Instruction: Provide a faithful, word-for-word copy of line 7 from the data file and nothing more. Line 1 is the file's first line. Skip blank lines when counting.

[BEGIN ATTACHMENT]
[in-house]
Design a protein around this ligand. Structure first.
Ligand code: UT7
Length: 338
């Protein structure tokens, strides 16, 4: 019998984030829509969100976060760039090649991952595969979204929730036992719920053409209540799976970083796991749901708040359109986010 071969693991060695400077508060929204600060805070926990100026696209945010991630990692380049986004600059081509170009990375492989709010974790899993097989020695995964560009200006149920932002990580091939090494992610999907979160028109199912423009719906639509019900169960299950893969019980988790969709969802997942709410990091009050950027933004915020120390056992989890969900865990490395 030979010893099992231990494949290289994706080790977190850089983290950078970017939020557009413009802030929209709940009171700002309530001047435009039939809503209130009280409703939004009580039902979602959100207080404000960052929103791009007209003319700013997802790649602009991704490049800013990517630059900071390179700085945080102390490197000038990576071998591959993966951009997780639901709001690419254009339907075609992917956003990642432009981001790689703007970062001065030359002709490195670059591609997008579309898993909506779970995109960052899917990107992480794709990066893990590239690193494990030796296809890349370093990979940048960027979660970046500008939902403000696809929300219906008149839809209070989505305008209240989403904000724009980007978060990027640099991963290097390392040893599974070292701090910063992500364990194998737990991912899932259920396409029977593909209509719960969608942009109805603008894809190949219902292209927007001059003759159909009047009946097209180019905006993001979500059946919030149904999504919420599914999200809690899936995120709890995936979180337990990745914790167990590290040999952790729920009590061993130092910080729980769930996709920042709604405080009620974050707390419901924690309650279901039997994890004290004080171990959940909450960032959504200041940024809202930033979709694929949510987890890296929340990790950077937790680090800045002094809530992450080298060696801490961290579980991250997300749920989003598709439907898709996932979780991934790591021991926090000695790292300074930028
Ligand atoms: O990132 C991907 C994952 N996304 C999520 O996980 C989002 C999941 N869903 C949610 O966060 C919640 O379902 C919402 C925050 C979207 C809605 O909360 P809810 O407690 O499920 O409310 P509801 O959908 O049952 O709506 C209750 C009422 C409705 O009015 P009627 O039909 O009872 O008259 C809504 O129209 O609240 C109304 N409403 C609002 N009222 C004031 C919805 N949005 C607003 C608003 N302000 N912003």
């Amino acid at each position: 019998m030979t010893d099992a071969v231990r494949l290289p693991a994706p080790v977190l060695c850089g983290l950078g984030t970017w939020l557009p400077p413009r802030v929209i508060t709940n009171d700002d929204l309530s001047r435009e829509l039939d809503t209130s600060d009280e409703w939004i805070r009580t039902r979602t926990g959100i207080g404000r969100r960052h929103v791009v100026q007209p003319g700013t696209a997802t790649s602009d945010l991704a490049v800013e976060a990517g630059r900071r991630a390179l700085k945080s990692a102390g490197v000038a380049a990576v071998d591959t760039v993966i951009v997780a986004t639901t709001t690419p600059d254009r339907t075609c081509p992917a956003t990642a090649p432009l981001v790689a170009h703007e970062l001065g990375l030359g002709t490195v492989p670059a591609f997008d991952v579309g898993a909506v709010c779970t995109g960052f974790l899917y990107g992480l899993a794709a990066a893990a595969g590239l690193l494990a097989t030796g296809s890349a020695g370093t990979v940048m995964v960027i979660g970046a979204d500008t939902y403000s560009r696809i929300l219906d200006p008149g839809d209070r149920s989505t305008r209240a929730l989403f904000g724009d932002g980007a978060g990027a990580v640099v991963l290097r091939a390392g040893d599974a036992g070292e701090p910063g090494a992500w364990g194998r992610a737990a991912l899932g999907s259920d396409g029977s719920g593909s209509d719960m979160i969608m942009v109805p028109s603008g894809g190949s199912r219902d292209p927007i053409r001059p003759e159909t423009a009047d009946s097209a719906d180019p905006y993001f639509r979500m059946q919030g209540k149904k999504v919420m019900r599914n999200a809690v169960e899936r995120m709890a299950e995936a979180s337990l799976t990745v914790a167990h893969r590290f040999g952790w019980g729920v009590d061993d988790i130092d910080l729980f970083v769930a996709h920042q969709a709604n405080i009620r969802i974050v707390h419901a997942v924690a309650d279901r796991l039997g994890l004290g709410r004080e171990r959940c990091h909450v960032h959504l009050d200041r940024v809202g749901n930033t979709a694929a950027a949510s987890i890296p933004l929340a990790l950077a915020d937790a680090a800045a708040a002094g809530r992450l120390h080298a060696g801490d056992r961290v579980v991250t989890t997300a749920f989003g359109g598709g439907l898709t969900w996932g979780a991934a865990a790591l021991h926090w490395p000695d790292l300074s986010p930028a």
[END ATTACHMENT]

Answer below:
């Amino acid at each position: 019998m030979t010893d099992a071969v231990r494949l290289p693991a994706p080790v977190l060695c850089g983290l950078g984030t970017w939020l557009p400077p413009r802030v929209i508060t709940n009171d700002d929204l309530s001047r435009e829509l039939d809503t209130s600060d009280e409703w939004i805070r009580t039902r979602t926990g959100i207080g404000r969100r960052h929103v791009v100026q007209p003319g700013t696209a997802t790649s602009d945010l991704a490049v800013e976060a990517g630059r900071r991630a390179l700085k945080s990692a102390g490197v000038a380049a990576v071998d591959t760039v993966i951009v997780a986004t639901t709001t690419p600059d254009r339907t075609c081509p992917a956003t990642a090649p432009l981001v790689a170009h703007e970062l001065g990375l030359g002709t490195v492989p670059a591609f997008d991952v579309g898993a909506v709010c779970t995109g960052f974790l899917y990107g992480l899993a794709a990066a893990a595969g590239l690193l494990a097989t030796g296809s890349a020695g370093t990979v940048m995964v960027i979660g970046a979204d500008t939902y403000s560009r696809i929300l219906d200006p008149g839809d209070r149920s989505t305008r209240a929730l989403f904000g724009d932002g980007a978060g990027a990580v640099v991963l290097r091939a390392g040893d599974a036992g070292e701090p910063g090494a992500w364990g194998r992610a737990a991912l899932g999907s259920d396409g029977s719920g593909s209509d719960m979160i969608m942009v109805p028109s603008g894809g190949s199912r219902d292209p927007i053409r001059p003759e159909t423009a009047d009946s097209a719906d180019p905006y993001f639509r979500m059946q919030g209540k149904k999504v919420m019900r599914n999200a809690v169960e899936r995120m709890a299950e995936a979180s337990l799976t990745v914790a167990h893969r590290f040999g952790w019980g729920v009590d061993d988790i130092d910080l729980f970083v769930a996709h920042q969709a709604n405080i009620r969802i974050v707390h419901a997942v924690a309650d279901r796991l039997g994890l004290g709410r004080e171990r959940c990091h909450v960032h959504l009050d200041r940024v809202g749901n930033t979709a694929a950027a949510s987890i890296p933004l929340a990790l950077a915020d937790a680090a800045a708040a002094g809530r992450l120390h080298a060696g801490d056992r961290v579980v991250t989890t997300a749920f989003g359109g598709g439907l898709t969900w996932g979780a991934a865990a790591l021991h926090w490395p000695d790292l300074s986010p930028a």